In two interviews, Margalit Fox discusses her book Talking Hands: What Sign Language Reveals About the Mind which offers a fascinating introduction to the signed languages of the world with a particular focus on a small Bedouin village where everyone "speaks" a form of sign language that no outsider has been able to decode until now; and The Riddle of the Labyrinth in which she chronicles three key figures in the decipherment of Linear B, an ancient Mycenaean script.
In The Riddle of the Labyrinth, linguist and obituary writer Margalit Fox chronicles three key figures in the decipherment of Linear B, an ancient Mycenaean script.
Did the obsessive work ethic of the Linear B decipherers influence you as you wrote about them?
There does seem to be something about decipherment that if your life isn't messed up going into it, it kind of messes you up. It attracts obsessional types and there is something about it that just takes over your life and you have to solve it. And sadly, very often you can't, or even if it does, as you've seen from the Linear B story, it kind of destroys you. I have the advantage of 50 years of hindsight. So for me the obsessive work ethic came just in making sure I could finish the book in at least a timely way. It was an intense experience, but I certainly wasn't laboring under the same onus that the decipherers were, thank goodness.
What initially compelled you to write this book?
I was procrastinating while trying to finish the manuscript of my first book. Sitting at home to kill time I picked up one of my all-time favorite reference books, The Blackwell Encyclopedia of Writing Systems, edited by Florian Coulmas. It's this very thick book of every kind of alphabet, syllabary, ideographic writing system from around the world, thousands of years of history with gorgeous illustrations of all kinds of weird scripts. Prophetically, that day, the book fell open to the entry on Linear B, and I was reminded of the story, which was at that time the only story anyone knew, that Linear B was this mysterious script dug up on clay tablets on Crete in 1900, and deciphered in 1952 by an amateur, the English architect Michael Ventris, and that was pretty much end of story. That's a cool enough story.
From that beginning, how did Alice Kober, whose groundbreaking work on Linear B has been previously unknown, become so central to the narrative?
I cold-called a guy named Tom Palaima. He runs the archive of the program in Aegean Scripts and Prehistory at the University of Texas, which is the premiere archive in this country for documents related to the Linear B decipherment. I called him to ask can I come look through the archive and write about Michael Ventris, because that was the only story anyone knew. And Tom, to my astonishment said, "You're welcome to come, but the real story here is, we've just finished cataloging the papers of Alice Kober." And I said, "Who?" And that was how the story became so much richer than I, or almost anyone in the world, knew at that time.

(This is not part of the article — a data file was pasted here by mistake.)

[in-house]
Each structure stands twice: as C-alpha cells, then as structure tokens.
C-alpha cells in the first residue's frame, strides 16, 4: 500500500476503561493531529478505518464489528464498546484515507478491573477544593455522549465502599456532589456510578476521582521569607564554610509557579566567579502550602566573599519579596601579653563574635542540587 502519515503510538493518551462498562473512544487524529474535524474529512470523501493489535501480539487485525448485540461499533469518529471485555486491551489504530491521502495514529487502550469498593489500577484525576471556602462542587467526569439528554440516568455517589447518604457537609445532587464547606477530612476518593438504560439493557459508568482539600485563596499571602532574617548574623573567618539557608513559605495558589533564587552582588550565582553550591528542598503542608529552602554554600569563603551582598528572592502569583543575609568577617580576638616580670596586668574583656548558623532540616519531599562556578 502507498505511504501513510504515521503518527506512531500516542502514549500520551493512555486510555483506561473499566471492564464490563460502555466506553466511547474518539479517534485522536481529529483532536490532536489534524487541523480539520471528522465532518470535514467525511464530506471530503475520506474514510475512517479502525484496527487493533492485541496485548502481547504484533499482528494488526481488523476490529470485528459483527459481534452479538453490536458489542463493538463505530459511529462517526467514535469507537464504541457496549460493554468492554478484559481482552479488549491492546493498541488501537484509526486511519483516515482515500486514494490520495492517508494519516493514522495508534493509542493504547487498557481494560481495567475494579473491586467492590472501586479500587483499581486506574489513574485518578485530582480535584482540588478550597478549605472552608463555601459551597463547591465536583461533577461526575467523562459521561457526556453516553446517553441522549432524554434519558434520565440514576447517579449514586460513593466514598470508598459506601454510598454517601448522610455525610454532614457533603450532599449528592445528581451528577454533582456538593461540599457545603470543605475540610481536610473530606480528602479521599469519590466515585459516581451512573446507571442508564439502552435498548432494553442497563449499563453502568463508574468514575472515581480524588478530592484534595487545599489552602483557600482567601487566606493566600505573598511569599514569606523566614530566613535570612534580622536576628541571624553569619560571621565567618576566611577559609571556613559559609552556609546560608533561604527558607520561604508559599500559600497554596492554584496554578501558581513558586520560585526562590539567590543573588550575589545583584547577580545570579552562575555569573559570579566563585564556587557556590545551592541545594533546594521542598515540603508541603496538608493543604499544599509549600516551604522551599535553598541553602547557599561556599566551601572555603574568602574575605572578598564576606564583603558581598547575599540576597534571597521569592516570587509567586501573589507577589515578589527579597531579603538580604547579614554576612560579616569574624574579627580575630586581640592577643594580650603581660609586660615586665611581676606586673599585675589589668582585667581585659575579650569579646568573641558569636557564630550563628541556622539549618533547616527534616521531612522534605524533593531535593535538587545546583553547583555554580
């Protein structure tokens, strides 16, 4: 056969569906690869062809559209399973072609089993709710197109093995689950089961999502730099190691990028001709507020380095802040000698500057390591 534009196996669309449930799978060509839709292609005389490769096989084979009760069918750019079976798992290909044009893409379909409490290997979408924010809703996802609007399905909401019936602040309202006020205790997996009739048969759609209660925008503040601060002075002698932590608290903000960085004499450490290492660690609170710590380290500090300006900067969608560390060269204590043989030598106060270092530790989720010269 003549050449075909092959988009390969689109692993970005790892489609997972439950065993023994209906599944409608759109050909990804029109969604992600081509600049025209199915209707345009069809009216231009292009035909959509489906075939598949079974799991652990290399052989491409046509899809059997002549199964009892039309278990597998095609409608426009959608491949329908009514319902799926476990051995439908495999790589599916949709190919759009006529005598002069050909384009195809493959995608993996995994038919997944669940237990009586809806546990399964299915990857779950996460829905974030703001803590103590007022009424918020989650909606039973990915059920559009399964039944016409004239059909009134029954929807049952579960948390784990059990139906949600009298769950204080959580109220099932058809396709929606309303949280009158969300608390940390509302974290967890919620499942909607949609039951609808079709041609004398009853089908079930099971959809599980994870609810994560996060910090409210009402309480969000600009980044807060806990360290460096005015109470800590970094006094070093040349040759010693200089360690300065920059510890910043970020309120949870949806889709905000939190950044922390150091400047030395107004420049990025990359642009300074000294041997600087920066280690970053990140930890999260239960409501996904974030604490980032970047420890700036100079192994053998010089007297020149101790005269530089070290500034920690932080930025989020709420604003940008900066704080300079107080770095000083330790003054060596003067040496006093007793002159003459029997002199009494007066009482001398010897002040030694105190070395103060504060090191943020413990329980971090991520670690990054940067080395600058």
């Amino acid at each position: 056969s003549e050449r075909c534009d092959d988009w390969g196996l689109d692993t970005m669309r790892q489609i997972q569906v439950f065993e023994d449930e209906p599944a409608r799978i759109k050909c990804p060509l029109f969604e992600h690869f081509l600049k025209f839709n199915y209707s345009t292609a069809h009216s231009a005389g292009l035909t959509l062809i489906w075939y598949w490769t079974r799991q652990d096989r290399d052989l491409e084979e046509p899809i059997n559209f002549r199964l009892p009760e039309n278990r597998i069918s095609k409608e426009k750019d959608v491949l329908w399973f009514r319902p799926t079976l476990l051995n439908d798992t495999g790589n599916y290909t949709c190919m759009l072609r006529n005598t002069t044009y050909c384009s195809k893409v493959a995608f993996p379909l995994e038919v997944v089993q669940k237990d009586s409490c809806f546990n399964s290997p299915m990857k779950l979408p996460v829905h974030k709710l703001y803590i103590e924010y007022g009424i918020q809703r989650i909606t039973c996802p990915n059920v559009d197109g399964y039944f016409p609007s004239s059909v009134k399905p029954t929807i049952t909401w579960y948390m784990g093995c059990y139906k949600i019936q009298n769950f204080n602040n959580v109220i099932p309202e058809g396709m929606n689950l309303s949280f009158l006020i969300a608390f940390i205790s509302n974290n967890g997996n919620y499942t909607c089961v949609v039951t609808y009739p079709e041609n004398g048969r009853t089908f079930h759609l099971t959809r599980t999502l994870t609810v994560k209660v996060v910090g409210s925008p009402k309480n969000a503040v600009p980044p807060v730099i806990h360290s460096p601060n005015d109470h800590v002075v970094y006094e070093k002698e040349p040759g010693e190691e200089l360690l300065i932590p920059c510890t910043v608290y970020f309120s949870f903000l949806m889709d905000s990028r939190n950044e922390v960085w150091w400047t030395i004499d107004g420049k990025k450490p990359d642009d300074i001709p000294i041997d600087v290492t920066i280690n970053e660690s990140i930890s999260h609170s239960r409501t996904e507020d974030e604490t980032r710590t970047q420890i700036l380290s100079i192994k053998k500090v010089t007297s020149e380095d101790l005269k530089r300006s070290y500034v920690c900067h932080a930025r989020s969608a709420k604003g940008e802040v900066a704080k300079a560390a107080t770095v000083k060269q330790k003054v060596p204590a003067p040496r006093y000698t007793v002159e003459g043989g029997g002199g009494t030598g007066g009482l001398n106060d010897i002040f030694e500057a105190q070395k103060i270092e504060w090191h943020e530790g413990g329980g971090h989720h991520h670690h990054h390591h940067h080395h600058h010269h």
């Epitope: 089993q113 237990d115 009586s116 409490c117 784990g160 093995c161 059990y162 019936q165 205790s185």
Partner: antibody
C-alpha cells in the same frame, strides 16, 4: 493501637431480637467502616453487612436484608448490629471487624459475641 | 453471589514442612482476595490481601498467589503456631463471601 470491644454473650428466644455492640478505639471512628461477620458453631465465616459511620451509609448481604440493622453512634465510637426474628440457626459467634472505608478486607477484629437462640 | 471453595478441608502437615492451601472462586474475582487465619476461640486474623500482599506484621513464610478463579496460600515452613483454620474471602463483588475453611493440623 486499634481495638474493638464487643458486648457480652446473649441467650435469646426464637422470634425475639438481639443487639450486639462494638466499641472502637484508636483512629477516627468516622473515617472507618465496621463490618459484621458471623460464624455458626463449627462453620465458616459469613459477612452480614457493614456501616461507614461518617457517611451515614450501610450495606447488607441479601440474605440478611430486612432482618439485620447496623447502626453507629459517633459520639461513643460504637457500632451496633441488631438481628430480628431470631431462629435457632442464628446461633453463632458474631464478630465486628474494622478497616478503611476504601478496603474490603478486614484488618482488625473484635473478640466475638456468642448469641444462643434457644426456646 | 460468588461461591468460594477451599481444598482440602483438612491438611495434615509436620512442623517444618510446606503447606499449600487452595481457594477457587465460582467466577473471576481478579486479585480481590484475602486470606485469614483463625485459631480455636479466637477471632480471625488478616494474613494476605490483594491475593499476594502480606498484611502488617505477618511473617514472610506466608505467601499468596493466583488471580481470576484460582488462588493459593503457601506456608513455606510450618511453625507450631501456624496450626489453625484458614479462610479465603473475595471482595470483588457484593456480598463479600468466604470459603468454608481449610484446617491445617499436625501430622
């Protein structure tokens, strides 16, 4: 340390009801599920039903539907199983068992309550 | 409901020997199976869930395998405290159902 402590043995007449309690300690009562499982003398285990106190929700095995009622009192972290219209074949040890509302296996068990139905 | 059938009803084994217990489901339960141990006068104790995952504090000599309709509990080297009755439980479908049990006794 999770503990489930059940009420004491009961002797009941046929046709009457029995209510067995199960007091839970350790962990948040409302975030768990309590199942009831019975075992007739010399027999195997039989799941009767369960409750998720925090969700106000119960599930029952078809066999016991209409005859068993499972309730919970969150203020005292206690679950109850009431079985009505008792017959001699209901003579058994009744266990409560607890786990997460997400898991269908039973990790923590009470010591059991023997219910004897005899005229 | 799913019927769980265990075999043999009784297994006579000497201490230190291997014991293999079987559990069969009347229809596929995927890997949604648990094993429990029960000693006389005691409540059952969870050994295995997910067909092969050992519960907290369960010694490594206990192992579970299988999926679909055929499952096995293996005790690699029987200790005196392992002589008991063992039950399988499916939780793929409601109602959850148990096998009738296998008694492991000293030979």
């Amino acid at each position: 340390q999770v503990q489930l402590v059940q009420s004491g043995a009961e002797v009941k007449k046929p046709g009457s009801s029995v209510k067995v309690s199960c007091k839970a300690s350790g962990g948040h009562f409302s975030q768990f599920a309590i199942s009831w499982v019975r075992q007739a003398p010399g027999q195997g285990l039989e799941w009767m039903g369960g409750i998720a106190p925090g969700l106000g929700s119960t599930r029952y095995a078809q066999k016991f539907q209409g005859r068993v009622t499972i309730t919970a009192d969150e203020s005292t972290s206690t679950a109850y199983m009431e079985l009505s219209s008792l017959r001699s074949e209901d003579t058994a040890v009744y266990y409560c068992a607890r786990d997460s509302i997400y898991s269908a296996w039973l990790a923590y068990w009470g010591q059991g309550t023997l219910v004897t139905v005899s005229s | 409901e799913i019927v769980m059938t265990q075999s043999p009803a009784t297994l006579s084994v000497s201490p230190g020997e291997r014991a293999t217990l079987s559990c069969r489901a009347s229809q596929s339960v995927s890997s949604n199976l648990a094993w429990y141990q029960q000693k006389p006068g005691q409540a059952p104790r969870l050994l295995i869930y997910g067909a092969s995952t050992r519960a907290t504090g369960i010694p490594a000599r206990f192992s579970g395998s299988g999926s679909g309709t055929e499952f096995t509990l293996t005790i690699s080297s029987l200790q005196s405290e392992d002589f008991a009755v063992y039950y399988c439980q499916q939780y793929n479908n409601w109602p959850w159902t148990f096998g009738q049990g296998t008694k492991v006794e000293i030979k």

Did you go to Texas and access all of this archive personally?
I did, at Tom's invitation, once I realized the treasure trove he was sitting on. The timing of my call was serendipitous, and this was down to nothing more than dumb luck. When I called Palaima, they had just finished cataloging Kober's papers: thousands of pages of correspondence; her homemade, hand-cut index cards; her decipherment notebooks. I had the great advantage of being the first researcher of any kind to have full access to her papers.
So I went to Texas, made PDFs of every single document that could be copied, and unfortunately for me, the PDFs were not labeled, so I spent a miserable six months doing, in effect, the work of a decipherer, putting together unlabeled broken tablets.
Do you wonder what legacy Kober's work will leave for future generations?
I hope that part of the legacy will be in this book, and that it's something worthy of her, because she was brilliant and more than deserves a good place in history, and a good historical treatment. I hope that the book can at least begin to give her that, because that's the other piece of the puzzle. It's an important piece of women's history, because here's this extraordinary woman who has been all but lost, and I hope that my book will bring her back to life again.
In using this massive amount of research material to write the life stories of the decipherers, did this project feel more like your work in linguistics or your work as an obituary writer?